Yellowstone Park is a MUUUUUUST see! Can't be there? See there! Witness the phenomenal beauty of this vast volcanic venue through my lens.
I've placed my pics in the public domain. So you can do more than look, if you choose. They're a poor substitute for being there. I apologize if they stoke your desire to visit this place of fire ( '_' ).
Seriously, if you ever get the chance to go to Yellowstone National Park do it! But plan well. It's extremely popular and vast.
This gate is the north entrance to the park. It's called the (Theodore) Roosevelt Arch. Pass through it (or one of the other gates) and see many natural wonders you won't soon forget.
Remember the best bits of the park are brought to you by a supervolcano! Relax, enjoy your visit, it's not expected to erupt for another 100,000 years or so (or maybe never USGS).
Geysers are hot springs that spew out heated water. Some shoot it high like Old Faithful, the one Yellowstone attraction everyone knows about!
Others are less showy but still amazing to behold.
Below is Aurum (Latin for gold) Geyser. I think it's obvious why it was given this name.
Here's a series of stills showing a geyser blowing off some steam.
Hot springs are pools of ground water heated up by the Yellowstone supervolcano. Pretty to look at but not for dipping.
So heed the warnings.
Or you may end up like these trees. :(
Dead trees in a thermal area.
Another inviting but deadly spring.
Hot spring in Yellowstone lake.
Colorful runoff from a hot spring.
Is it just me or does that dark brown bit look like brownies???? Don't sample it! The Grand Prismatic Spring is a visual feast you must see.
In the woods, by the geothermal areas or relaxing in the middle of Mammoth Hot Springs Historic district, elk seem to be everywhere.
Ok, so you've ridden around (for hours or days) admiring all of Yellowstone's natural beauty. Now it's time to leave the car behind!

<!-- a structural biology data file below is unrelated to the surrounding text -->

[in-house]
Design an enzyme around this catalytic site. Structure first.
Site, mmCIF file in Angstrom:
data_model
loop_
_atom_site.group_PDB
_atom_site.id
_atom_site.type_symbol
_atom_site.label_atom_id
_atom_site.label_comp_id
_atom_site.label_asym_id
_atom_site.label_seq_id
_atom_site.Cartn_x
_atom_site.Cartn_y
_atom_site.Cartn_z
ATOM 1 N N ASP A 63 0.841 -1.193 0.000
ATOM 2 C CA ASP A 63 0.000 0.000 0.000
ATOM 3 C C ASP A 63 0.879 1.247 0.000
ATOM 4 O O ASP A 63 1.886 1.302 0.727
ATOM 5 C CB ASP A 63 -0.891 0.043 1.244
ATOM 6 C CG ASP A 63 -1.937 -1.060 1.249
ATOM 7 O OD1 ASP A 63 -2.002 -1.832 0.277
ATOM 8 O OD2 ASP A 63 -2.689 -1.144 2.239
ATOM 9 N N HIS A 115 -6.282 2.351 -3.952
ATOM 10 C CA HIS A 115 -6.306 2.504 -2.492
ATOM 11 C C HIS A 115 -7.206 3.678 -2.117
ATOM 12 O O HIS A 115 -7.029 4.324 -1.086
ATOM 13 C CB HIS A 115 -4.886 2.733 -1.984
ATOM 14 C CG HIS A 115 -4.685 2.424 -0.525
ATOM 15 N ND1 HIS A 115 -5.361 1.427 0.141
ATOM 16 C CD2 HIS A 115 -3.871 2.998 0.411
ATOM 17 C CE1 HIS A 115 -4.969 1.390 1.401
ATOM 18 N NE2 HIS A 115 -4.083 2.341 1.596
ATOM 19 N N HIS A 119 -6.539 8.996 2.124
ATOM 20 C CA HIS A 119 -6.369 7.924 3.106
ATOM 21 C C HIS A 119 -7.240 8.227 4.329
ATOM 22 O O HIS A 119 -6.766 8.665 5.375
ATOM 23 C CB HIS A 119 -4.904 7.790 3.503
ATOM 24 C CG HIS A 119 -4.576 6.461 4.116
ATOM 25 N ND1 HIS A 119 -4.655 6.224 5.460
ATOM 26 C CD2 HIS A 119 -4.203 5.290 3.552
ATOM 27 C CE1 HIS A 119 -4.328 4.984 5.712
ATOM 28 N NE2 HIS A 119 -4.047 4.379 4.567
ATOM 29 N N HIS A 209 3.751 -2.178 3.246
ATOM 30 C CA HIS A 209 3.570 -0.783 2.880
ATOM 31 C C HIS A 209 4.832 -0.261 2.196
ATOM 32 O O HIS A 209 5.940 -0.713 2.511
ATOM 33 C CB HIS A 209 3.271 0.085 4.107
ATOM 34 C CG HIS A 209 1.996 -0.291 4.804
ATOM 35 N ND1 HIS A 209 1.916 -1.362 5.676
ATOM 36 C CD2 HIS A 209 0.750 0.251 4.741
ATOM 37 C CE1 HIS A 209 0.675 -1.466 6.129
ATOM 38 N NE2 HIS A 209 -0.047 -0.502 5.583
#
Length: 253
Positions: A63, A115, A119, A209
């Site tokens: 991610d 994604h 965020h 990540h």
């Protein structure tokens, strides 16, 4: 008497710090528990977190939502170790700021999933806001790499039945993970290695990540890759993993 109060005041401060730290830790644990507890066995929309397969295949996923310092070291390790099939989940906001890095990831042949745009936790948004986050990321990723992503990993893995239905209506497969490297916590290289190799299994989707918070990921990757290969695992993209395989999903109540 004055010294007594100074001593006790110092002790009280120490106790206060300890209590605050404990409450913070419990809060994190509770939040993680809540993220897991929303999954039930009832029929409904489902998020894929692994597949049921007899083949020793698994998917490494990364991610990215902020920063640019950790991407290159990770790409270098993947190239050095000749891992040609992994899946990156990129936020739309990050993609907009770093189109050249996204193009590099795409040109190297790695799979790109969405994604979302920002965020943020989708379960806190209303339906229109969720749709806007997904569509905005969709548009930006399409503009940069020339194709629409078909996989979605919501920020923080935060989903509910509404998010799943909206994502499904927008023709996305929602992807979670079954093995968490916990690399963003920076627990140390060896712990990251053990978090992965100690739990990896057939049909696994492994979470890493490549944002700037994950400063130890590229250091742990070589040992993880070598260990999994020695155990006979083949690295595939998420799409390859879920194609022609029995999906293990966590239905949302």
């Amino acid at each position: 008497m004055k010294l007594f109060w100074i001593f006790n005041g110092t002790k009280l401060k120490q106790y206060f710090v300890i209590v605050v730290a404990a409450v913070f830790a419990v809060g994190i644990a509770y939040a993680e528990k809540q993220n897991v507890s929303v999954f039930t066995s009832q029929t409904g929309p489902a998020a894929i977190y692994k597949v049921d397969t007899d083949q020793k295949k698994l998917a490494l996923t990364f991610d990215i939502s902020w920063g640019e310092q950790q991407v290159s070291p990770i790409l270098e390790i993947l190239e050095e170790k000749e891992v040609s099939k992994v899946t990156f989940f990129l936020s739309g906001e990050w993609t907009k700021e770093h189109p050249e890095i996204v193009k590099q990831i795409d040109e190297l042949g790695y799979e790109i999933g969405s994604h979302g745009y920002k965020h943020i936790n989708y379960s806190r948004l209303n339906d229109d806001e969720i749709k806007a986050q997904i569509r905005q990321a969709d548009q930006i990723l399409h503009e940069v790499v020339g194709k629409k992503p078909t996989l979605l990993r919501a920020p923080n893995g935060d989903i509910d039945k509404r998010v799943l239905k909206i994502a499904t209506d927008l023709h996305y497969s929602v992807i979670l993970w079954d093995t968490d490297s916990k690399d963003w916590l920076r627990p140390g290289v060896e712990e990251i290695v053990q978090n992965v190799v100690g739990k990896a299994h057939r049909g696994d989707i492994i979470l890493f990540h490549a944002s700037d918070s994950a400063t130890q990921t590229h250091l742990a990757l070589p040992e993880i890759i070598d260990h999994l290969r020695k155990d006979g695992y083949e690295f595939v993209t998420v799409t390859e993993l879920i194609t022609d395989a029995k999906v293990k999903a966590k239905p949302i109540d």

Take a stroll down the lovely Fairy Falls trail. It's probably easy enough for most people. Remember the round trip is just over 3 miles. Water, hat and walking shoes recommended.
I walked it in flip flops out of necessity, but I don't recommend it.
Dramatic falls you can walk very close to.
If you want a bit more of a physical challenge, look below. Check out my info about the Beaver Ponds Trail!
When you visit the park you can join the morning commute to the feeding grounds. It's fun being part of the herd!
Follow them to their feeding grounds and watch them interact.
Here are a few of Yellowstone's wildflowers enjoyed on the Beaver Ponds Trail. You will want to experience this trail!
Wild rose bud.
Small butterfly on wild arnica (I think).
Carpet phlox, the little white blossoms, among the many wild plants along the beaver ponds trail.
Cranes bill, I think. A wild geranium for sure.
Butter and eggs wildflower in Yellowstone.
Plenty of them wonder around the park. It's thrilling to view one...from a distance!
This grizzly prefers to be alone. It headed for the hills shortly after the crowd discovered it.
Yes, that little black blob (center right) is a bear. It kept a safe distance from the tourists!
Yes, I have saved the best for last. The Beaver Ponds Trail is awesome! Prepare properly before tackling it.
The trailhead is in the Mammoth Springs area. That end of the trail is the best place to start. Get the tougher bits over while you're fresh.
You might stumble upon wildlife like this. But be sure to take bear precautions!
Good footwear is a must! My boots fit poorly and caused bloody heels, Ouch! Learn from my mistake.
Can you find the dragonfly in this pic?
Lovely woods eventually open up to a meadow with beaver ponds.
Beaver lodge (pile of branches) on the far shore.
Sweeping vistas will amaze you on the return leg of the beaver ponds trail.
Mammoth Hot Springs park facilities in the valley below.
Great view of the mammoth hot springs at the end of the trail. Plus you can grab a meal after your long hike!
If you have time swing by the petrified forest in Yellowstone Park. Take a look at this fine example of a still standing petrified tree!
This is part of the interior of the Old Faithful Inn. It was built using local trees.
The Inn is an interesting place. Plan early enough and you may snag a room there. You might want to eat in the dining room. The food's pretty tasty. Reservations needed.
I really hope you can take a trip to Yellowstone Park. Parts of it are other worldly. All of it is beautiful!